Do you want the England job Jose?

So why does the manager of the England team have to be English? Perhaps he doesn’t, it would be nice if he was, but surely it’s about getting the right man for the job? But there is the problem, you have to get your man. So another question, “does being English make a manager more likely to accept the England job?” Again, obvious answer, yes.

The best manager in England is Sir Alex Ferguson, based on you know, everything he’s won. Then we’ve got Arsene Wenger, very successful despite the lack of recent accolades. The same is true of Kenny Dalglish, he’s won the league with two different clubs. Roberto Mancini won the title in Italy a number of times and could well do the same this season in England and if not this year then next. These are the top managers in the country. None of them are English, none of them would want the England job.

Of the managers working in the Premier League today, of which only 4 are English (3 really as Terry Connor barely qualifies), the collective English trophy haul is 1 F.A Cup (Redknapp) and 1 Football League Trophy (Alan Pardew). Discounting English managers who have had the job before (because none of them deserve a second go at it) and Stuart Pearce who said he didn’t want the job long term, the other possible contenders who have managed in the top flight and are currently working in English football are all in the Championship, Chris Hughton, Ian Holloway, Neil Warnock, Paul Jewell and Sam Allardyce, a hugely inspiring list of names. If you really want you could perhaps add Alan Curbishley, Gareth Southgate, Phil Brown and even Steve Coppell to the list, but hey why stop there, why not throw in Ray Wilkins for some extra flavour or even go as far as Sir Trevor Brooking. Looking at that list suddenly Roy Hodgson almost looks like the attractive option.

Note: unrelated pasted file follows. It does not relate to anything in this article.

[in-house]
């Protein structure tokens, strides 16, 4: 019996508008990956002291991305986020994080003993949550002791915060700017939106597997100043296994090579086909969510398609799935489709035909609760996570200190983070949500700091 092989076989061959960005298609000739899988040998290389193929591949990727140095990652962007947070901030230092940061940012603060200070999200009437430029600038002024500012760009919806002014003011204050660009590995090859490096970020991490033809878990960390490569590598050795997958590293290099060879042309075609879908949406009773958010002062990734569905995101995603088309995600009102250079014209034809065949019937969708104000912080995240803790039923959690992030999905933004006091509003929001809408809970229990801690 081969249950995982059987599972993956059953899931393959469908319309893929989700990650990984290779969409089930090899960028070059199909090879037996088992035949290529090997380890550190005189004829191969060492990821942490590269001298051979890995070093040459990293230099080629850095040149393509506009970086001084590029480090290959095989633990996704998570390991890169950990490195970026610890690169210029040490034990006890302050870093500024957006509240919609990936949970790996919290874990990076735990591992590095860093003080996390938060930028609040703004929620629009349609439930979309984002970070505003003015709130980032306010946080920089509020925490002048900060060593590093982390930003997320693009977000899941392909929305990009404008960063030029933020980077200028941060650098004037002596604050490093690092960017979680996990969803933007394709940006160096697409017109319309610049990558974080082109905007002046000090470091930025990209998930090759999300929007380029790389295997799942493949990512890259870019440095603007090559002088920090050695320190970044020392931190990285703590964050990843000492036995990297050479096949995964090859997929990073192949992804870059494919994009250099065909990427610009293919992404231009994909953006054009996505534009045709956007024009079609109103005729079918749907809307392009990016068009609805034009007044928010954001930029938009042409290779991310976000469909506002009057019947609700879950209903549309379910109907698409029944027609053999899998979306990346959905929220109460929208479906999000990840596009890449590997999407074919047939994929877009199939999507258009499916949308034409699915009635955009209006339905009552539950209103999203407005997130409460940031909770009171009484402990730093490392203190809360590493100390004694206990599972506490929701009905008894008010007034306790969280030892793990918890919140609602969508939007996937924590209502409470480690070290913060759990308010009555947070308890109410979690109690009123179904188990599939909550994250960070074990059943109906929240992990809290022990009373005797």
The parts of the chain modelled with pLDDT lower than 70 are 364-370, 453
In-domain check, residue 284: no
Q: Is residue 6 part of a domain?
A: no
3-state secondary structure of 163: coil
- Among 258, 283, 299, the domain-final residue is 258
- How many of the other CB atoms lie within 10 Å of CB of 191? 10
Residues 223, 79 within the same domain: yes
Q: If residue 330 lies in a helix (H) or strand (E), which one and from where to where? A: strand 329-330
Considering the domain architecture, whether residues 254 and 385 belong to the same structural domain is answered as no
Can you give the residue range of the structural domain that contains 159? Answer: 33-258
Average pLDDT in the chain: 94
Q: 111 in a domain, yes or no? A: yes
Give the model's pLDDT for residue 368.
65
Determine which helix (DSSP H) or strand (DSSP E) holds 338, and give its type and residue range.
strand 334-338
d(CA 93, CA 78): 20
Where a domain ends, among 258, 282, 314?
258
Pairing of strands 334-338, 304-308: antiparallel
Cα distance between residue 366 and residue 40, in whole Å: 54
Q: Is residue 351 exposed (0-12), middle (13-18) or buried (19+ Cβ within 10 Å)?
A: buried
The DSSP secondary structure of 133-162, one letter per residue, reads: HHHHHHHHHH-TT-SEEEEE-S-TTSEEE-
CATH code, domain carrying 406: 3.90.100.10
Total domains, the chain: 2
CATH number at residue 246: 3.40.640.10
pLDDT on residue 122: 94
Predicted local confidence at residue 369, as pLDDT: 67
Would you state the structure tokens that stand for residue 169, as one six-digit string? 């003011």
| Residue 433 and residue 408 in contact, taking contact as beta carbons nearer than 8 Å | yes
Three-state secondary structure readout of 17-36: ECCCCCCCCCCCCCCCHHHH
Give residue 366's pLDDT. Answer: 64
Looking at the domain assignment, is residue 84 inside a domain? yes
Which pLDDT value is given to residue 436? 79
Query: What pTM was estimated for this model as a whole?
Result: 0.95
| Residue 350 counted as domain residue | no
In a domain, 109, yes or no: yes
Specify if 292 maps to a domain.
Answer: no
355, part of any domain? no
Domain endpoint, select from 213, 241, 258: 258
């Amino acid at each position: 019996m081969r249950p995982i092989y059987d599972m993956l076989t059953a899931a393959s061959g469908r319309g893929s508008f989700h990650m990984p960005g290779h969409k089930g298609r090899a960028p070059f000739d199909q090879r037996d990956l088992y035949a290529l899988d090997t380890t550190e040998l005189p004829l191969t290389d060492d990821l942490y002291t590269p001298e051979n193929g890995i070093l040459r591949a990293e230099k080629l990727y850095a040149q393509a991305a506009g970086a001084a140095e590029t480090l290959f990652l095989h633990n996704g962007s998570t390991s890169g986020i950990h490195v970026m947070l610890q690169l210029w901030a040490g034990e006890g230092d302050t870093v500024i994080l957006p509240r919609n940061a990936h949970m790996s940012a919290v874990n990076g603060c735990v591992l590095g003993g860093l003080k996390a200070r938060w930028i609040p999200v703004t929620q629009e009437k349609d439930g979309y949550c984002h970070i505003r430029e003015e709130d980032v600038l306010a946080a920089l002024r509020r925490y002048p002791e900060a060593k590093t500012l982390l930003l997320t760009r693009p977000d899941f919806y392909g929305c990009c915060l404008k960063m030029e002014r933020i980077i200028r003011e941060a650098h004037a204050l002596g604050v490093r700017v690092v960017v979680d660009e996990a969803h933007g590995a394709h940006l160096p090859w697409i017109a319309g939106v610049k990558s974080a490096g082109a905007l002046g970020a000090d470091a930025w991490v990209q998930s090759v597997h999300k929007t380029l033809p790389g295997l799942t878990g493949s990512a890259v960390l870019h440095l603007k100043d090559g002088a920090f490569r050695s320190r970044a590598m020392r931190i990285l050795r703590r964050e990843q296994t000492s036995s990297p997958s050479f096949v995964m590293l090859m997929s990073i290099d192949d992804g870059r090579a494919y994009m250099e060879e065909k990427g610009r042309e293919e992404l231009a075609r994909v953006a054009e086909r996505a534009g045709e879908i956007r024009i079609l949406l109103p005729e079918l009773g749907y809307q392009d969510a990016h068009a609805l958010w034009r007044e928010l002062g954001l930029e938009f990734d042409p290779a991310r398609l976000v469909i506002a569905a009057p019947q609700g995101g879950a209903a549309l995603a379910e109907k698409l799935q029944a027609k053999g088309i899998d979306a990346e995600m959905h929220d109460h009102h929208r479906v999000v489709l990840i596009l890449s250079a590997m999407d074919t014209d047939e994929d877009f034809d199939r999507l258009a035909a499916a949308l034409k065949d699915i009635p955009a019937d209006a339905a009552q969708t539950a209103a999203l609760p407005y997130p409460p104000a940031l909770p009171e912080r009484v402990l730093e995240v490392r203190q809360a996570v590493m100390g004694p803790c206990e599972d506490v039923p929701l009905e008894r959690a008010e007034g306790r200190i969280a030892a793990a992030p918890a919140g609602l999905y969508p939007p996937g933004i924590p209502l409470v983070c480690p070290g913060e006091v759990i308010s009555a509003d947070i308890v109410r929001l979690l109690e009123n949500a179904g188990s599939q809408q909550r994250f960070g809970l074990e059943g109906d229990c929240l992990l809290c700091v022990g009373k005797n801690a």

The last English manager to win the top division in England was Howard Wilkinson with Leeds in 91/92, which is pre-Premier League. The moral of the story is England produces terrible managers. English managers don’t get the jobs at the top English clubs and so stating that the England manager should be English is like trying to find someone to run a marathon for you but insisting that you only look at people with one leg.

Three Lions on your chest